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– Tune out

May 24, 2012

We’ve had some really hot weather recently.  Summer suddenly arrived without warning, temperatures jumping from the chill of winter up to the summer heat of more than thirty degrees, virtually overnight.  Sending us burrowing through boxes and old vegetable crates for our summer clothes and then to the shed to dig out mosquito screens for the windows.  Amazed at the intense heat we brushed winter’s debris off the porch, re- stacked all the logs back in the store, and unearthed the little table where we sit to have our coffee in the mornings.

Once summer’s here, it’s really only possible to do any outdoor jobs in the early morning, it gets too hot to do anything after about eleven o’clock, and although we’ve lived in this climate for more than ten years, every year this fact is a revelation.  Eventually we accept that we have to adjust our activities according to the sun and slow down.  All the heavy, outdoor work has to wait until the cooler times of the autumn, meanwhile we can enjoy the big change in the seasons by drawing, writing, reading, thinking and of course knitting in the cool of our little house.

Anyway, it was on one of these recent hot days when I was adjusting, by lying on the sofa and re-reading Dan Price’s wonderful book The Moonlight Chronicles (click to be redirected), that I came across a paragraph which got me thinking:

…”just the other day I was having these thoughts about how everyone seems to be absorbing all the hyped up cultural noise nowadays of TV, music and radio news, magazines and computers.  And how that can clutter up a mind so thoroughly that a person can reach 20 or even 40 and hardly have had any original thoughts of their own”

That really struck me as true, both the bit about hyped up cultural noise and the part about original thought.  We haven’t had a television for more than twenty years now, because we decided, way back then, to free our minds from all that jangling noise and use the time for making things.  We were absolutely amazed at how much time we gained and how free we felt.  Our friends laughed and thought we were just crazy and vaguely eccentric, in a folksy sort of way.   But that wrench out of the clasps of television’s grip was the start of our road to freedom.  Oddly, we began to notice we were out of step with other people’s thinking and that we were having more of our own ideas about stuff than before.  As time passed and our thoughts started to blossom we realised that we needed more distance from the clatter and noise of modern life, which is why we headed out and eventually landed here on our hillside.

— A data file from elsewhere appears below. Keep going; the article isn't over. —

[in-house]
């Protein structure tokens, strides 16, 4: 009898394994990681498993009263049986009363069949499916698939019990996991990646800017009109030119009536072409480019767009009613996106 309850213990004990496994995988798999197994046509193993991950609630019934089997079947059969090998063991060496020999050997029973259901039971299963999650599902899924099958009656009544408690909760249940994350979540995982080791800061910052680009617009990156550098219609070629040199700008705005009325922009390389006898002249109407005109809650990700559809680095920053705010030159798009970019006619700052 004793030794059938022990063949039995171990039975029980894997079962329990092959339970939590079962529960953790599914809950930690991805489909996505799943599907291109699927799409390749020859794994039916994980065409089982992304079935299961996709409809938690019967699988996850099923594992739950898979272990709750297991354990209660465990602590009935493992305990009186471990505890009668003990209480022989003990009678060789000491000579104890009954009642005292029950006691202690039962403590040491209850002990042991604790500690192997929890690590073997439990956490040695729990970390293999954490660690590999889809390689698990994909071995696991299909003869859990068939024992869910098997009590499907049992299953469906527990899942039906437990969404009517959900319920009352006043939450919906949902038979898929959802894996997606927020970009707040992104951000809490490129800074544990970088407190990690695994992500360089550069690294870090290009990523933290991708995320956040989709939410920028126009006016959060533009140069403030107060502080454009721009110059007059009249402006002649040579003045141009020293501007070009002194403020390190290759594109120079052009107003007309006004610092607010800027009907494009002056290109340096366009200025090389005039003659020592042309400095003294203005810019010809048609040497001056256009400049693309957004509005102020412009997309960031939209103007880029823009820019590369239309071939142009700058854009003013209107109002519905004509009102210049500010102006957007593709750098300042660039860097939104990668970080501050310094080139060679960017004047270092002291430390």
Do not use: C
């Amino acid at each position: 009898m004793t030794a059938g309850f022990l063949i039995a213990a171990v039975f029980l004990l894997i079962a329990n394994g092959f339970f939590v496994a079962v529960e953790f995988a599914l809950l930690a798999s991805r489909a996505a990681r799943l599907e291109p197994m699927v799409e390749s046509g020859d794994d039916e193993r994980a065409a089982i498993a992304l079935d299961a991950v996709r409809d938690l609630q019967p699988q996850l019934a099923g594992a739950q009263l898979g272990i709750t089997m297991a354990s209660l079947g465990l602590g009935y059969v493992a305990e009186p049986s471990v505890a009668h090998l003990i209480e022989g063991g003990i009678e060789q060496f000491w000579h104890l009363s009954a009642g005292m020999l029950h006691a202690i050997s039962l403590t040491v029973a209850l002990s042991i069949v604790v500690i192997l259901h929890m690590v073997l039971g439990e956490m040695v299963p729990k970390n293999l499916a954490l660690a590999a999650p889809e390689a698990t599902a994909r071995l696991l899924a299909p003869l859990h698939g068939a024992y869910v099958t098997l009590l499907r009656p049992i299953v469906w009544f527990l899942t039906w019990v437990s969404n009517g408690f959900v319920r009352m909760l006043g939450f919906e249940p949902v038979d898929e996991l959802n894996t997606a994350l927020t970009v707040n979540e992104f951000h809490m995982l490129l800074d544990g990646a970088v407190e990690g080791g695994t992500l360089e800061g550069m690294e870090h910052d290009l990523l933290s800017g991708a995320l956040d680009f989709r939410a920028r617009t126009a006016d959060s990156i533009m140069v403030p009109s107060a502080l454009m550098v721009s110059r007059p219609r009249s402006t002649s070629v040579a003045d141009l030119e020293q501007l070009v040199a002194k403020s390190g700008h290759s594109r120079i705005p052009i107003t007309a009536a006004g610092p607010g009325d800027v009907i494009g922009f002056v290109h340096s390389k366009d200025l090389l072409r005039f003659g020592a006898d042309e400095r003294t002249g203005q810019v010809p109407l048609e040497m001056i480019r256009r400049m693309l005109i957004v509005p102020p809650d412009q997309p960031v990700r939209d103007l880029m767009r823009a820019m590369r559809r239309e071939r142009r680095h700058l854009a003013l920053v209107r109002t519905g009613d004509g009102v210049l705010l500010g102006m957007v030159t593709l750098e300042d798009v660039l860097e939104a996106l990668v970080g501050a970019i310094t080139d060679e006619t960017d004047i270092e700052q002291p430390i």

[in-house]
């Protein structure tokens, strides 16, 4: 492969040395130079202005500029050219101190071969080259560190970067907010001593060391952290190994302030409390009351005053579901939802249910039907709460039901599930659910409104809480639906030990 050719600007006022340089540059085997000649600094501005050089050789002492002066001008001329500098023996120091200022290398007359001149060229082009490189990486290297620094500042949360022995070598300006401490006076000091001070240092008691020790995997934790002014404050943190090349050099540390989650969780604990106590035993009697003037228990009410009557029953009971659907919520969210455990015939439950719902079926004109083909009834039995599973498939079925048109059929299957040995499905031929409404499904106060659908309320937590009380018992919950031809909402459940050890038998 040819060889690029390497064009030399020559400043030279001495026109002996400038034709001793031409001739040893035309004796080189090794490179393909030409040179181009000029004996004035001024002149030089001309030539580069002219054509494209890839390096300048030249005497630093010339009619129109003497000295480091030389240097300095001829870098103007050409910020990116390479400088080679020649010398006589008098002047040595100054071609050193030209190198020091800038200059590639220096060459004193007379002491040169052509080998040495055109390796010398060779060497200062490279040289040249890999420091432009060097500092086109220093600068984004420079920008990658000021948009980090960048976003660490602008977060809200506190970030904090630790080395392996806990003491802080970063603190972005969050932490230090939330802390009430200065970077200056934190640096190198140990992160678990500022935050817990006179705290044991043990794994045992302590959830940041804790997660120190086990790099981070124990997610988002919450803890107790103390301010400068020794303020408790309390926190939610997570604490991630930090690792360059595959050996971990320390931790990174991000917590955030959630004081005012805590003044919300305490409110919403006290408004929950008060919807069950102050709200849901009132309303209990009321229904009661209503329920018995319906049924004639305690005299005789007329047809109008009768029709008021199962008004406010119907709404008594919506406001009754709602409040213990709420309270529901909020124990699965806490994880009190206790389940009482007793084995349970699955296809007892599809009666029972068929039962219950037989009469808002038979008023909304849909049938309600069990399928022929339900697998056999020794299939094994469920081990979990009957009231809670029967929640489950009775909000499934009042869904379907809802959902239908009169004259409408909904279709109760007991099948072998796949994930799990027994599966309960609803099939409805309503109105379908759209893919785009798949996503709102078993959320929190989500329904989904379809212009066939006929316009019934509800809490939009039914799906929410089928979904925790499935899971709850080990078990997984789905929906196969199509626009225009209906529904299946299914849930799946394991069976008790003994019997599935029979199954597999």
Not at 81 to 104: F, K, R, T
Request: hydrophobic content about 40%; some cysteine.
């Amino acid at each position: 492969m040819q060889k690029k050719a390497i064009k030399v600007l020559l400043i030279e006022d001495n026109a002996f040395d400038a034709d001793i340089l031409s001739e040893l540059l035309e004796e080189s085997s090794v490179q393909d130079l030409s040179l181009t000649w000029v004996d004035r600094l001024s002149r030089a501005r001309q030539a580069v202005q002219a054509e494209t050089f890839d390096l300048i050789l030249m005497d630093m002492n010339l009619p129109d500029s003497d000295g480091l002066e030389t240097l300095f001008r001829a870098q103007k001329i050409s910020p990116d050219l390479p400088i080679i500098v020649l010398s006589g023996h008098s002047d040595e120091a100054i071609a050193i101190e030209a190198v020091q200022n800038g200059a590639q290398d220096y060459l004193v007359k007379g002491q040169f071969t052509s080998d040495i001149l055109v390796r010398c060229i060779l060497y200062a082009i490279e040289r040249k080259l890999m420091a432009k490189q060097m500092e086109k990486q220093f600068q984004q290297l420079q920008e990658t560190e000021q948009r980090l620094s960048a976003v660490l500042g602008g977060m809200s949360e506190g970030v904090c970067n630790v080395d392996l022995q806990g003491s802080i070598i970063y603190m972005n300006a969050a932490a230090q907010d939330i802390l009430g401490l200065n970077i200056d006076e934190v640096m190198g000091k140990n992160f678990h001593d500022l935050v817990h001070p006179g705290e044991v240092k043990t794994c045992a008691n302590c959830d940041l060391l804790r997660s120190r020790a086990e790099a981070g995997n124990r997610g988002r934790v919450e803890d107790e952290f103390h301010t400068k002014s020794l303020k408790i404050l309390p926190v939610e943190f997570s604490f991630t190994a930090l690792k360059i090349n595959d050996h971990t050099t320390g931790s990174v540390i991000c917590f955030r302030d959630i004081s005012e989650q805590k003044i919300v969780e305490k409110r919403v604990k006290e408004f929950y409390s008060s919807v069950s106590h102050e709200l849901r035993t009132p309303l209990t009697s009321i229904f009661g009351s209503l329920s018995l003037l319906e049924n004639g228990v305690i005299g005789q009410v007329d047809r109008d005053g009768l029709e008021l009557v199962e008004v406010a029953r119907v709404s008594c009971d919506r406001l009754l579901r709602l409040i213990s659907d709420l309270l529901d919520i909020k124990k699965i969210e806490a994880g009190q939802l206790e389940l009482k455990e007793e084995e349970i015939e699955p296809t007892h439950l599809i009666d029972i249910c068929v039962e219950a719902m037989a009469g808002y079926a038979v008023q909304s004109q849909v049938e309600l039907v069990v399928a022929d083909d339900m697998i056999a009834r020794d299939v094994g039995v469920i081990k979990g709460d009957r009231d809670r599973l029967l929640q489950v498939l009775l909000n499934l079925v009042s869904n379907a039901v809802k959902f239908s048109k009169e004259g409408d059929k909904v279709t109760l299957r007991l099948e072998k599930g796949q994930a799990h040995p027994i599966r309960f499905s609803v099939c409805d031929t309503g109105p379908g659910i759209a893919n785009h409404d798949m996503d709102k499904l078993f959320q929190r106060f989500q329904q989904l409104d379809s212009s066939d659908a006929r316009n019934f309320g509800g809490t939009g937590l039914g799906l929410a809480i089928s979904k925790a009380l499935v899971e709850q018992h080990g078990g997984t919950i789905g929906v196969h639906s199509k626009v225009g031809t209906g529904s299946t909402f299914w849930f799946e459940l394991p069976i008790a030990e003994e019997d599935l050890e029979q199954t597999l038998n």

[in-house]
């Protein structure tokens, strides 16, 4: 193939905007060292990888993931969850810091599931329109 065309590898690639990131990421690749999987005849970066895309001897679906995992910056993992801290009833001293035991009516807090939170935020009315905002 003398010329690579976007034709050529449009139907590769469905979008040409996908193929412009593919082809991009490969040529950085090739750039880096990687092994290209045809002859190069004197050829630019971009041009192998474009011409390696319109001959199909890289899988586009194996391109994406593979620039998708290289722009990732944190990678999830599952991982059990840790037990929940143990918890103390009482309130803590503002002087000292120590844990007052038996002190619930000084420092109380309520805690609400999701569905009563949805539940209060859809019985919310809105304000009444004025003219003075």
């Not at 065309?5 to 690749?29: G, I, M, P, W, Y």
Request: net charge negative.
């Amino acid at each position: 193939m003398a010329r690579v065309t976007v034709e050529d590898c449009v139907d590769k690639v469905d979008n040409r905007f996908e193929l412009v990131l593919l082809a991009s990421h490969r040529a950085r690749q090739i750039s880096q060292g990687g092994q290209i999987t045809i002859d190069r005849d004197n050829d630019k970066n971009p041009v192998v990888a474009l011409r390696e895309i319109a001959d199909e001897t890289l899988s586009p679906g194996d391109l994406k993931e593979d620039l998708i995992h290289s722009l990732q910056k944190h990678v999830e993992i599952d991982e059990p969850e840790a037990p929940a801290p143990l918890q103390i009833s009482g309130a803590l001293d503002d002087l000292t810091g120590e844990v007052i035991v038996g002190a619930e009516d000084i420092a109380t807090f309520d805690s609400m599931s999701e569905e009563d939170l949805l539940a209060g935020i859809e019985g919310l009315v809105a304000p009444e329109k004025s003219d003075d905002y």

But stepping outside the norm can provoke strong reactions and when people discover we don’t have a television they are amazed.  They wonder how we can survive without taking in everything it has to offer, the news, the nature programmes and the documentaries.  How can we understand the problems the world faces without a television?  Maybe they conclude that we are self-centred and unfeeling about the world’s ills and not as well informed as we should be.  I re-read Dan Price’s quote again, my mind whirring with thoughts about ‘cultural noise’ then I remembered reading something else in another book recently, to do with the television and newspapers so went to scan the bookshelves.  I found it in The House by the Shore by Alison Johnson:

……” we ban television and daily papers with their scab-picking anxieties and human-centred drivelling….”

I can really understand what she meant, the scab picking thing, because really what can we do about all the human-caused horrors in the world by watching television or reading the newspapers?  It’s just misery making and is set to drive everyone’s thinking in the same direction.  As Dan Price says, for all this explosion in media there’s hardly an original thought out there anymore.  It’s as if people’s minds are being weakened by excessive watching of junk programmes which provide acceptable off-the- shelf ideas, or even answers to problems which everyone immediately buys into.  Somehow it seems more important to share the same view as everyone else, than to stand out with some individual or unique thinking.  Being in step, in line, in tune has become vital.  With the explosion of 24 hour news stations and endless internet access the world has become obsessed with information but has it helped the world’s problems?  No.  Does the population of the world really understand what’s going on out there?  Of course not.  So really television is just entertainment, for those who enjoy that kind of thing, nothing more profound than that.  Take it or leave it.  I’m definitely leaving it, there’s too much else I want to learn about and experience for myself, as well as all the things I want to do like reading good books, writing stuff, knitting toys and so much more without the endless buzz of the television set in the corner trying to gobble up time and spew out rubbish.  Try it yourself, you’ll definitely feel better for it!

Tune out, make a break for freedom.

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One Comment
  1. We gave ours up almost3 years ago;I had been wanting to do it for yeares, but was over-ruled. I no longer listen to much radio either now. People can scarcey believe it, the inevitable question arise -‘But what do youdo in the evenings?’ lol Well, much as I do during the day really. The house is so much more peaceful, and there’s room for more books and craft stuff where the TV used to be – has to be good :)!

    Love reading your thoughts and updates, tehy’re a breath of fresh air for me :0

    Sarah
    x

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